The man who predicted the current oil “super-spike,” Goldman’s Arjun Murti, is smart enough not to let himself get photographed (in some idiot circles, Arjun is blamed for today’s $138 a barrel), but he did consent to a long interview with Barron’s this week. Bottom line, Murti’s thesis that oil will spike to $150-$200 a barrel is perfectly reasonable. As is his belief that prices will thereafter crash.
- Unlike the 1970’s oil spike, which was the result of a supply crunch (oil taken off the market), this move is demand driven: demand is increasing, supply isn’t. Economics 101.
- This is a spike, not a permanent move to $150-$200. At some point, probably soon, oil will reach a level that will severely crimp demand (translation: economies will collapse). At that point, prices will fall.
- US demand is falling, but, so far, emerging market and other international demand has remained strong.
- Oil will keep going up until demand shrinks. Increased supply won’t save us.
- $150-$200 oil means $4-$6 gas.
- As long as $150-$200 oil permanently shrinks demand, oil prices will then drop to $75 a barrel.
Supply is Constrained…
Spare capacity throughout the energy complex seems very limited, whether for OPEC crude oil, natural gas or refining. In all of those areas, capacity is limited. And it’s getting very difficult for companies and countries to boost supply — something that became increasingly apparent to us over the first half of this decade. Our view started shifting, from one of “It is easy to grow supply,” which was the perceived view of the 1990s, to “It is going to be more difficult to grow supply.” That’s partly because some oil-producing regions, like Mexico and the North Sea, are declining. The Lower 48 states in the U.S. are very mature. There are growth areas, such as Brazil and Angola. But when we add up all those pluses and minuses, non-OPEC supply looks like it is not going to grow very much.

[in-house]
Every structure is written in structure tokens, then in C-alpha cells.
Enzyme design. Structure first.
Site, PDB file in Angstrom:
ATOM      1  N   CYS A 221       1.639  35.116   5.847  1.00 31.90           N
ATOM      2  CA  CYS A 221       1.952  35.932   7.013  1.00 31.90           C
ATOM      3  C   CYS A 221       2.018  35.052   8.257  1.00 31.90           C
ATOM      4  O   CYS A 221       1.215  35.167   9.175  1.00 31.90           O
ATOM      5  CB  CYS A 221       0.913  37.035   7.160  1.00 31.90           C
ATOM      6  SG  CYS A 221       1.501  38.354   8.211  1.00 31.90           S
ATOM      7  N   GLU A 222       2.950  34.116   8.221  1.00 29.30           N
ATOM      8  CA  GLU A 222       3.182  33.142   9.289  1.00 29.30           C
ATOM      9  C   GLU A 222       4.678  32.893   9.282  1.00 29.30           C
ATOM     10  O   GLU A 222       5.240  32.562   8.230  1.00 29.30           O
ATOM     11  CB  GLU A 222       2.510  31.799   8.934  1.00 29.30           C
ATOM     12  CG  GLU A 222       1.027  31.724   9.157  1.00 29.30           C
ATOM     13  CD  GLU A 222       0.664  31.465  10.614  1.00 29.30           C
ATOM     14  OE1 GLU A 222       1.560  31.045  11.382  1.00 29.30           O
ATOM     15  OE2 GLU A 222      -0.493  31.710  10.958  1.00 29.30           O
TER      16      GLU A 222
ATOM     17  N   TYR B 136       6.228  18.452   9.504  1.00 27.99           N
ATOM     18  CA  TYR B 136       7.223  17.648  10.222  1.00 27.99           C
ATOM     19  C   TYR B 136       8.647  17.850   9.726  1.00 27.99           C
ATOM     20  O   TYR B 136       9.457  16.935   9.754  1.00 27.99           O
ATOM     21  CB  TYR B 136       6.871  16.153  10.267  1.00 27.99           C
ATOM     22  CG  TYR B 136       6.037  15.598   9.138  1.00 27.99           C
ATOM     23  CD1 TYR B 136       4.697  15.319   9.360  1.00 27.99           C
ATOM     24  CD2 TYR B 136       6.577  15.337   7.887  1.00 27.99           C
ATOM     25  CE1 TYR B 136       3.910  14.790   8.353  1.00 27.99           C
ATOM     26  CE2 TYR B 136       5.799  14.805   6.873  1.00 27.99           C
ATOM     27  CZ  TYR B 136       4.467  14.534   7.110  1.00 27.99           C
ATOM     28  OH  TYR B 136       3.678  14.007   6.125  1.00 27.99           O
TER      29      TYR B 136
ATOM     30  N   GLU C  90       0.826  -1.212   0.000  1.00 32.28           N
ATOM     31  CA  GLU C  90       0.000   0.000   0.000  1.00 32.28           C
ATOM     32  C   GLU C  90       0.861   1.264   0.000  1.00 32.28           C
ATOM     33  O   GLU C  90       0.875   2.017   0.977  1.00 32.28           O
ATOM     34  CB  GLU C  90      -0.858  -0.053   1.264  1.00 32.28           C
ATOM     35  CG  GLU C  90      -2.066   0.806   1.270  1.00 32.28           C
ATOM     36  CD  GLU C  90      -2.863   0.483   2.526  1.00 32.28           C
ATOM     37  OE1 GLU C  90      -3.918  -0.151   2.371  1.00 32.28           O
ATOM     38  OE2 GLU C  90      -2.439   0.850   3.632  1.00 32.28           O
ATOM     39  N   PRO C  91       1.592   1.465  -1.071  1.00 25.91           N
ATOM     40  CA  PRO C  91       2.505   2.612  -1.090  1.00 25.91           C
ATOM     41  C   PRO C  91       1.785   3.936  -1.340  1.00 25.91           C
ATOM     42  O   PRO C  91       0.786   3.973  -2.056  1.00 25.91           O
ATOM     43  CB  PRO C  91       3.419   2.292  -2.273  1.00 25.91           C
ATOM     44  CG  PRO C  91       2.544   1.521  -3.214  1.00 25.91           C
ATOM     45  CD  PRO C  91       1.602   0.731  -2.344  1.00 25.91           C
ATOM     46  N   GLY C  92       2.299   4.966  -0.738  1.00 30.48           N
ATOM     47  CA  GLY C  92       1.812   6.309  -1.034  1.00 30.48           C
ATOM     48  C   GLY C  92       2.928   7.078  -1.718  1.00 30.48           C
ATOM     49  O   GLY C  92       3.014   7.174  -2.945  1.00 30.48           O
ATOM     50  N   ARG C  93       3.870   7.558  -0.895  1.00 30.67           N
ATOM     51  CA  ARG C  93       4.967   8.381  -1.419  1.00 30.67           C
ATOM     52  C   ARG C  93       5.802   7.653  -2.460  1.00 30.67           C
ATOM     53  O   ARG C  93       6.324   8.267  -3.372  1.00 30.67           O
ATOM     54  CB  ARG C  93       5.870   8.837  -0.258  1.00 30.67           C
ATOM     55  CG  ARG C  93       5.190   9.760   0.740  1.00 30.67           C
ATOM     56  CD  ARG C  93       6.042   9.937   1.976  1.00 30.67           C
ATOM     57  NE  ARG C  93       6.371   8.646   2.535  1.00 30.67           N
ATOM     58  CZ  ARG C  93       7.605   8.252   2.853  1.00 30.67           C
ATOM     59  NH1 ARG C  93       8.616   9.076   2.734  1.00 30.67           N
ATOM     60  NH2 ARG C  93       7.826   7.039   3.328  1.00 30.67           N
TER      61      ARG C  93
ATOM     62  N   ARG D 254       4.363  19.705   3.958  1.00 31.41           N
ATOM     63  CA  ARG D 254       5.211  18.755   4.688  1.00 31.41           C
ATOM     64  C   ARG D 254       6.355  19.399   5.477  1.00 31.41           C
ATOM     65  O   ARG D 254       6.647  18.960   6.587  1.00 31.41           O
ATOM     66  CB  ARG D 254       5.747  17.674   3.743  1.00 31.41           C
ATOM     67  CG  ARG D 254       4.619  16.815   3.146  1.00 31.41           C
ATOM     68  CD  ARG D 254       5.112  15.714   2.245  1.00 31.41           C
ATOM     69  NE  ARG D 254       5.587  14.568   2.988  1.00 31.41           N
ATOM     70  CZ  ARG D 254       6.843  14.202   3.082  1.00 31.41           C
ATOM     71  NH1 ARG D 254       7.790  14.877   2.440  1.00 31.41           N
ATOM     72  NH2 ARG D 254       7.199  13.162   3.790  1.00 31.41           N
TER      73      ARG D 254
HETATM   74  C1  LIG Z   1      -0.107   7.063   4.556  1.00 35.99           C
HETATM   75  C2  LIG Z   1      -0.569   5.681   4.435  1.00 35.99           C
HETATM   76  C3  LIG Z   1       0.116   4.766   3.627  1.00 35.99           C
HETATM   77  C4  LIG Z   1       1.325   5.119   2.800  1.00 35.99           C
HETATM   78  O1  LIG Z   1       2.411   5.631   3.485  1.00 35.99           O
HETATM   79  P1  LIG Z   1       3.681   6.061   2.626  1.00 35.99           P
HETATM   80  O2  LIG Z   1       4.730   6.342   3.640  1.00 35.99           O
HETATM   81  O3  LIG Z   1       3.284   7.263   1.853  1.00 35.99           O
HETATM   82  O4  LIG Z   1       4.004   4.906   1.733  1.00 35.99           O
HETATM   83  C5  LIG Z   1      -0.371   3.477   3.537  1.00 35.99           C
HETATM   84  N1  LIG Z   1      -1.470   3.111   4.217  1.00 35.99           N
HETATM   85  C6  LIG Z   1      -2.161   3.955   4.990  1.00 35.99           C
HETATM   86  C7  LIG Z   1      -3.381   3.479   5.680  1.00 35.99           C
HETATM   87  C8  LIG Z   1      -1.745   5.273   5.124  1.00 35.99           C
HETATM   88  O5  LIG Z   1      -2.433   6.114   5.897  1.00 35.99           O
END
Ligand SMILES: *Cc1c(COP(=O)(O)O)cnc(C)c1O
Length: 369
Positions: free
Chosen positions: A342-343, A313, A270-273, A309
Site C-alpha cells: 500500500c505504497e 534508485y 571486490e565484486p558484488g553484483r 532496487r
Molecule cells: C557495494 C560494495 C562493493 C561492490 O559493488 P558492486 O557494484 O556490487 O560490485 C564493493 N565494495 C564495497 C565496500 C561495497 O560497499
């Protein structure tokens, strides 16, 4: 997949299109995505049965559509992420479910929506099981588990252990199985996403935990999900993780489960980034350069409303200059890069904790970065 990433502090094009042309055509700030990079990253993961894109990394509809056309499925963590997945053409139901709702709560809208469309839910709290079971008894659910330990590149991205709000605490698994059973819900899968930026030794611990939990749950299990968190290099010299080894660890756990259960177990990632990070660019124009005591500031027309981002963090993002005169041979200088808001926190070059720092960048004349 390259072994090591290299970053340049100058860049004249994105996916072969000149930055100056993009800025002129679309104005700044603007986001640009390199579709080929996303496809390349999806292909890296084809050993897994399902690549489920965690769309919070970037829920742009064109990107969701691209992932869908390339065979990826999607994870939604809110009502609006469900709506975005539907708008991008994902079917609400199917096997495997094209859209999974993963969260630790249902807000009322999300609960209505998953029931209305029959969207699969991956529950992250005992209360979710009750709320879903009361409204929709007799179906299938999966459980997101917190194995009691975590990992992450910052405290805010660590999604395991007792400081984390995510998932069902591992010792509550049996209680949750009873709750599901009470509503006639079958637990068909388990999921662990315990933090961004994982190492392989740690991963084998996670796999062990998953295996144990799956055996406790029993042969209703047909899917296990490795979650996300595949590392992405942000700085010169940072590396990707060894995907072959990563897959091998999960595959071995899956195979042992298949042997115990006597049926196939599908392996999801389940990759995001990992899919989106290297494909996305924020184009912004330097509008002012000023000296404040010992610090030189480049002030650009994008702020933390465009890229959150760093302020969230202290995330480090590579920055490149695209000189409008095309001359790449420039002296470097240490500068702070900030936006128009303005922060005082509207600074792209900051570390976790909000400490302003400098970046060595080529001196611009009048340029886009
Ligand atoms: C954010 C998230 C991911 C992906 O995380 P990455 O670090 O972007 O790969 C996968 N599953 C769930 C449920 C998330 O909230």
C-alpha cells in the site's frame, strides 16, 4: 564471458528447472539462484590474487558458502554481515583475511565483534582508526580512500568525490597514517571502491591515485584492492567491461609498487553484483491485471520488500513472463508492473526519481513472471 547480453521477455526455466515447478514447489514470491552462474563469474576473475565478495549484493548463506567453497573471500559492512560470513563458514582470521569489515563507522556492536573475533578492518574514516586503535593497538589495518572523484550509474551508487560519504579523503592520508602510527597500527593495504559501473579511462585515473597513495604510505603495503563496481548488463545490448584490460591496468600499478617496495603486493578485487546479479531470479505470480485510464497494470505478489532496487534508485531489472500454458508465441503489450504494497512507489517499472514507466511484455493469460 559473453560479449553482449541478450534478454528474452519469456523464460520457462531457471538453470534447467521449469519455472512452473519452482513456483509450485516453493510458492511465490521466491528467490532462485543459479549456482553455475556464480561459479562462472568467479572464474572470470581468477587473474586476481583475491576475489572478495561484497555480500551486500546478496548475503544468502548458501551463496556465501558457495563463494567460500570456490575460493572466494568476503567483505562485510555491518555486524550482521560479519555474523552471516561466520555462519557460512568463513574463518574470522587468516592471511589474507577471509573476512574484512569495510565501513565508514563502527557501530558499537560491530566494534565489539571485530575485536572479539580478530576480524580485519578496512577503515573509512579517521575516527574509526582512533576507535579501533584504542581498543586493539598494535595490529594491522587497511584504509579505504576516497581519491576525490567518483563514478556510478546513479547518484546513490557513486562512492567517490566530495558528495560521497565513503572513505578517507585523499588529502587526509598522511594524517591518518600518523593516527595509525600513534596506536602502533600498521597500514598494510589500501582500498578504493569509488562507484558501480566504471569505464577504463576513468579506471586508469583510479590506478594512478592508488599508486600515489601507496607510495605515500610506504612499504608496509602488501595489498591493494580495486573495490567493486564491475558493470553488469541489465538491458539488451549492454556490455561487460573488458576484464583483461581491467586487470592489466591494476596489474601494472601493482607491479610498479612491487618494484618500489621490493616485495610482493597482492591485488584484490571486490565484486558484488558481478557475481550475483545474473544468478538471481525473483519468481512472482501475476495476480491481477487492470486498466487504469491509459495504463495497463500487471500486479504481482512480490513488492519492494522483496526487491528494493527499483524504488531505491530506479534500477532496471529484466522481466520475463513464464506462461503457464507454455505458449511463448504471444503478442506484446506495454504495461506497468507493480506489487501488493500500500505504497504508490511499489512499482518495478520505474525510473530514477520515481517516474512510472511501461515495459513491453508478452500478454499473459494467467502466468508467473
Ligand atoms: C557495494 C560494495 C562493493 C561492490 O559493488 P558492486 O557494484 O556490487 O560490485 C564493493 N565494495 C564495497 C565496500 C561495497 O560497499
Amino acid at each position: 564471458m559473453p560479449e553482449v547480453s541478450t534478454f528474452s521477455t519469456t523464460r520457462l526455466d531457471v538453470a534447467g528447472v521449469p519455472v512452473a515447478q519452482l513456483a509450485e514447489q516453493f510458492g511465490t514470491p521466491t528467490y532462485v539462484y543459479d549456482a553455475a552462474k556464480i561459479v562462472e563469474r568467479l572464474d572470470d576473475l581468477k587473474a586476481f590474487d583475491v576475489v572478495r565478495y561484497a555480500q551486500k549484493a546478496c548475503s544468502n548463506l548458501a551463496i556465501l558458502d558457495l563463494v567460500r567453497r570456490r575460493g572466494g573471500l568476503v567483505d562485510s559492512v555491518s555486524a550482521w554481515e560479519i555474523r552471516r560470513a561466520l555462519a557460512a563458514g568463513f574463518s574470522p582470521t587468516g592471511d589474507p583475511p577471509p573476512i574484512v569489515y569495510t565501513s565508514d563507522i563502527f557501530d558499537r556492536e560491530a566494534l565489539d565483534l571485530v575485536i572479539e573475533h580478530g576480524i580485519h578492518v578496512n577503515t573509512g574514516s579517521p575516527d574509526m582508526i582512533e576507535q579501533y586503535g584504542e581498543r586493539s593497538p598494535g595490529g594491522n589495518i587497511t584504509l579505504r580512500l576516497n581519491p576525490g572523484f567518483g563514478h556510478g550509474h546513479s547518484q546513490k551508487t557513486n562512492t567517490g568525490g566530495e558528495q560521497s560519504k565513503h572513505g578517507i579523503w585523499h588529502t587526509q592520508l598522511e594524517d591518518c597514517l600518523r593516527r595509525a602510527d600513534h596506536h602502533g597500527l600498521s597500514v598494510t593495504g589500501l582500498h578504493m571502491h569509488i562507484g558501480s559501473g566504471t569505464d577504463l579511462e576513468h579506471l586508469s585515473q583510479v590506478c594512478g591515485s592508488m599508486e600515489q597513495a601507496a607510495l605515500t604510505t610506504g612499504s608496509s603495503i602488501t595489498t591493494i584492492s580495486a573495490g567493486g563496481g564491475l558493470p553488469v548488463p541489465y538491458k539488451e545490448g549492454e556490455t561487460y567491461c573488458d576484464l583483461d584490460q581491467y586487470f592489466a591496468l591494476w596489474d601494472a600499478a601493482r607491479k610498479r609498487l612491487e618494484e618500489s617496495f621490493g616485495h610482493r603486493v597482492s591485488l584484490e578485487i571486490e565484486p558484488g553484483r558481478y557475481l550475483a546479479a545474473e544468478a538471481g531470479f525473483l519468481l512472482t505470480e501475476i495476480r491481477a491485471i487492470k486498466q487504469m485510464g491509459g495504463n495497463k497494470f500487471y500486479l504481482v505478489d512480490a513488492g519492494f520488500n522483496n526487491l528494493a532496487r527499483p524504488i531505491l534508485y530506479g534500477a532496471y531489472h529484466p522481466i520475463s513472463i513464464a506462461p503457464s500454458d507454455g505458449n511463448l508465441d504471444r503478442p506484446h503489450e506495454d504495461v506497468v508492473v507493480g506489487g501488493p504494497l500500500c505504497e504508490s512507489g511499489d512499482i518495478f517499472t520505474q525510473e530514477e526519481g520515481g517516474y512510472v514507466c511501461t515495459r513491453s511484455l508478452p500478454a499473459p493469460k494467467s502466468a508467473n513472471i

On the supply side, we don’t subscribe to the peak-oil view. We don’t think the world has run out of oil. We do think that the places that have large quantities of recoverable oil, notably Saudi Arabia, Iraq, Iran, Venezuela and Russia, aren’t on track to grow their supply aggressively. It is growing at a very moderate rate, and so the remaining oil resources are concentrated. And, to some degree, high prices are disincentivizing some of these countries to either open up their industry or spend the money themselves.
And demand continues to increase…
Demand has been consistently growing. [Others disagree with this, by the way. See “Goldman Oil Bull a Nutcase: Crash Coming Soon“]
Why oil will stop at $150-$200
Our view has been that the price will keep going up to the level where it meaningfully reduces demand. This is Economics 101; we need more supply or less demand. And because there are various political and geologic constraints on growing supply, we’re left with looking for the price at which demand is reduced. We’ve never thought we knew what that exact number is. But we’ve tried to look at the 1970s, notably the economic impact of gasoline prices that ultimately led to a reduction in demand.
And when will this life-saving reduction in demand arrive?
We are already starting to see a drop in demand in the U.S., but they are still having demand growth in the non-OECD countries, including China, the Middle East and Asia. The OECD [organisation for Economic Cooperation and Development] countries are mainly the U.S., Europe and Japan. The real question: At what point do the non-OECD economies slow down? The other thing about U.S. demand is, at what point do you have sustainable change in consumer behaviour?
The good news: after the super-spike, if demand drops, oil’s going back to $75:
We have always assumed that, at some point, you get a sustained drop in demand. Our long-term oil forecast looking out 20 years is [for crude] to fall back to $75 a barrel, or some lower number. The questions are: How long do prices stay high? How sharply do they rise? And do people truly change their behaviour or are they just temporarily driving less? It’s an unknown at this point.
Clusterstock on the Great Oil Debate:
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